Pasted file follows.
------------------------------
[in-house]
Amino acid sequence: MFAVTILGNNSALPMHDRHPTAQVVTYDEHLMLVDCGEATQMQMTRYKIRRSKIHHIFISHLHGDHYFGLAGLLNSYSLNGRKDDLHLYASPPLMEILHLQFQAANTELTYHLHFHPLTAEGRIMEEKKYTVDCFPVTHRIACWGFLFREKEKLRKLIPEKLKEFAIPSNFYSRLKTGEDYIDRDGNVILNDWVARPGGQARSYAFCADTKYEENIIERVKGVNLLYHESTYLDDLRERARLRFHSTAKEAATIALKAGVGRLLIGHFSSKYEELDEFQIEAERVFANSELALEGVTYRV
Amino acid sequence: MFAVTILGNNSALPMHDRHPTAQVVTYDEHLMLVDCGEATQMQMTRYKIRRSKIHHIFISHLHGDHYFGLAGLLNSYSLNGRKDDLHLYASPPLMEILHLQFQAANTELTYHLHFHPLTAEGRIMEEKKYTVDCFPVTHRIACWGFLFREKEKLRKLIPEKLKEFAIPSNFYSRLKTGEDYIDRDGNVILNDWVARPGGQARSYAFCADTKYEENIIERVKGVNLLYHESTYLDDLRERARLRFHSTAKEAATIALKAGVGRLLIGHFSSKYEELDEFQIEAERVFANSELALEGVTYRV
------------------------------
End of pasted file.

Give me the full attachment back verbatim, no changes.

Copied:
[in-house]
Amino acid sequence: MFAVTILGNNSALPMHDRHPTAQVVTYDEHLMLVDCGEATQMQMTRYKIRRSKIHHIFISHLHGDHYFGLAGLLNSYSLNGRKDDLHLYASPPLMEILHLQFQAANTELTYHLHFHPLTAEGRIMEEKKYTVDCFPVTHRIACWGFLFREKEKLRKLIPEKLKEFAIPSNFYSRLKTGEDYIDRDGNVILNDWVARPGGQARSYAFCADTKYEENIIERVKGVNLLYHESTYLDDLRERARLRFHSTAKEAATIALKAGVGRLLIGHFSSKYEELDEFQIEAERVFANSELALEGVTYRV
Amino acid sequence: MFAVTILGNNSALPMHDRHPTAQVVTYDEHLMLVDCGEATQMQMTRYKIRRSKIHHIFISHLHGDHYFGLAGLLNSYSLNGRKDDLHLYASPPLMEILHLQFQAANTELTYHLHFHPLTAEGRIMEEKKYTVDCFPVTHRIACWGFLFREKEKLRKLIPEKLKEFAIPSNFYSRLKTGEDYIDRDGNVILNDWVARPGGQARSYAFCADTKYEENIIERVKGVNLLYHESTYLDDLRERARLRFHSTAKEAATIALKAGVGRLLIGHFSSKYEELDEFQIEAERVFANSELALEGVTYRV